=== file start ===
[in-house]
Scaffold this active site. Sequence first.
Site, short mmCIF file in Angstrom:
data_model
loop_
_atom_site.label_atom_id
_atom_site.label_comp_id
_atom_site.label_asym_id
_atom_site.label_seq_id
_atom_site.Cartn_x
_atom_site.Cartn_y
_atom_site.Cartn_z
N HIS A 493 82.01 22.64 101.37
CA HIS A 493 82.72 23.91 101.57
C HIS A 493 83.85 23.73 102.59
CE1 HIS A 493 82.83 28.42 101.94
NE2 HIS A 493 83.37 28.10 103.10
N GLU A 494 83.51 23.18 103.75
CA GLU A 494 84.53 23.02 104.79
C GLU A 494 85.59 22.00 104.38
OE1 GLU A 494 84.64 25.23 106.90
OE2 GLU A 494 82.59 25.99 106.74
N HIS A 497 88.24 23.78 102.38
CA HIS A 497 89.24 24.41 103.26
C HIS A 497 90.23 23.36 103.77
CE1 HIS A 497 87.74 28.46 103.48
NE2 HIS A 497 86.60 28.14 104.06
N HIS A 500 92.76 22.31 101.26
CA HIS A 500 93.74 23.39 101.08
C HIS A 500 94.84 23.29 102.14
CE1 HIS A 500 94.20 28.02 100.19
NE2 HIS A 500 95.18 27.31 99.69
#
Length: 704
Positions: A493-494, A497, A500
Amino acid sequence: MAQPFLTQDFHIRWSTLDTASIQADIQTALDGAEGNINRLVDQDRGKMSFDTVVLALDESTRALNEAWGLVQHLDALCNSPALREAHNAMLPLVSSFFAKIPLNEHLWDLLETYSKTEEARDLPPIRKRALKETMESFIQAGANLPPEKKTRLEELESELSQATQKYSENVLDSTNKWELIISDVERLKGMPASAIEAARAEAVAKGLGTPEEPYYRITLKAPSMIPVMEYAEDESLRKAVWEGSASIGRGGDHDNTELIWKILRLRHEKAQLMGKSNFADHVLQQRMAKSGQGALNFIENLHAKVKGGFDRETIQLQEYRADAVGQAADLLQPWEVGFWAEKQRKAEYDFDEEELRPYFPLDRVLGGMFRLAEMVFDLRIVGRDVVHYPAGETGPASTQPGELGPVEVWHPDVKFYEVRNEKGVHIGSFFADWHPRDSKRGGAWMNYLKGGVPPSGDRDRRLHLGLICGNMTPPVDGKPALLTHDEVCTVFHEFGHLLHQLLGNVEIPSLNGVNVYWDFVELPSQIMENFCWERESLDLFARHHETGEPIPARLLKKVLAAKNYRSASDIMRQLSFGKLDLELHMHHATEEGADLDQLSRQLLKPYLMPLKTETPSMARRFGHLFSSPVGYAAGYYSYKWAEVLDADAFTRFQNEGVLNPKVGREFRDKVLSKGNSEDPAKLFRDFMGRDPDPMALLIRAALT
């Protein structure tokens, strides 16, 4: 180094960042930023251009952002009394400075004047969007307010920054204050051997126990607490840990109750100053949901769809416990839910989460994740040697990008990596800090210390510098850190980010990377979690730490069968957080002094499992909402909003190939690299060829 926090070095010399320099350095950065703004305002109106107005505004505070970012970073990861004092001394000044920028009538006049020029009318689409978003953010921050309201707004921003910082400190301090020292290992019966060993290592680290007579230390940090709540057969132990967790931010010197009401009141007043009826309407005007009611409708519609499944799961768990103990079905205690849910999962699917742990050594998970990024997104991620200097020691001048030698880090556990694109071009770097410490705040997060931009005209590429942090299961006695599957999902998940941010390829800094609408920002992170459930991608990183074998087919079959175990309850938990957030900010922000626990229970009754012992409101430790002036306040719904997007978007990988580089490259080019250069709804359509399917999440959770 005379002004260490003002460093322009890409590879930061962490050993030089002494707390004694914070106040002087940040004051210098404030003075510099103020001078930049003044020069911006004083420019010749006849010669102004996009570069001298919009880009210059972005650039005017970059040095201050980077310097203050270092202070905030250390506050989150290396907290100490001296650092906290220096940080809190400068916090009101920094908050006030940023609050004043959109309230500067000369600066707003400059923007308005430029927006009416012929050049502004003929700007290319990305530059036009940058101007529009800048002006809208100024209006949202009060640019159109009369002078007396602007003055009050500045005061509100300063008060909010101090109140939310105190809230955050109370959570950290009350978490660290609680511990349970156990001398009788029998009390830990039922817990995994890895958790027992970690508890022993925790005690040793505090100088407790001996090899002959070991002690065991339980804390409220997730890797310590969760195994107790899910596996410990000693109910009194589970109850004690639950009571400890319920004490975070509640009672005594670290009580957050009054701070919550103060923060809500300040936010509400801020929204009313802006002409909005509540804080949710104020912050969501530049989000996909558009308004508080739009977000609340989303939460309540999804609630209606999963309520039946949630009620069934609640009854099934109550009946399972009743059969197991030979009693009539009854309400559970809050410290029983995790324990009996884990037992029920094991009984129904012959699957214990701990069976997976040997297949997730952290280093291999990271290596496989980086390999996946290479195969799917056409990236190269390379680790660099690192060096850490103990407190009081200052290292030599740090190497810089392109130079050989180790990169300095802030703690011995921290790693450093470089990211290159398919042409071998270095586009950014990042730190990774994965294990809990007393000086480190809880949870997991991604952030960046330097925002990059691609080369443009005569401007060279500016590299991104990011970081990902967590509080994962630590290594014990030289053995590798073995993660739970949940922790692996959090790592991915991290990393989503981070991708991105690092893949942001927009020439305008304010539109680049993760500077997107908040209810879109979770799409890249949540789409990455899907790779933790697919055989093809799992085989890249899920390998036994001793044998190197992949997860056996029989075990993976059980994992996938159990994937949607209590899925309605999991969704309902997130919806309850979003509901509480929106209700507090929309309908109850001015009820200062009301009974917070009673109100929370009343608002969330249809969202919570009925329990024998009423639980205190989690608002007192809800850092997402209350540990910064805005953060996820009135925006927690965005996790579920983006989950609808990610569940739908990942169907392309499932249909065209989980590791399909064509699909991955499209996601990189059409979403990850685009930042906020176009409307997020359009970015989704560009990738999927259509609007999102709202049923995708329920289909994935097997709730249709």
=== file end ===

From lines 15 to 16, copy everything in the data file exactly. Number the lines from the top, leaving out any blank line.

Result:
C HIS A 493 83.85 23.73 102.59
CE1 HIS A 493 82.83 28.42 101.94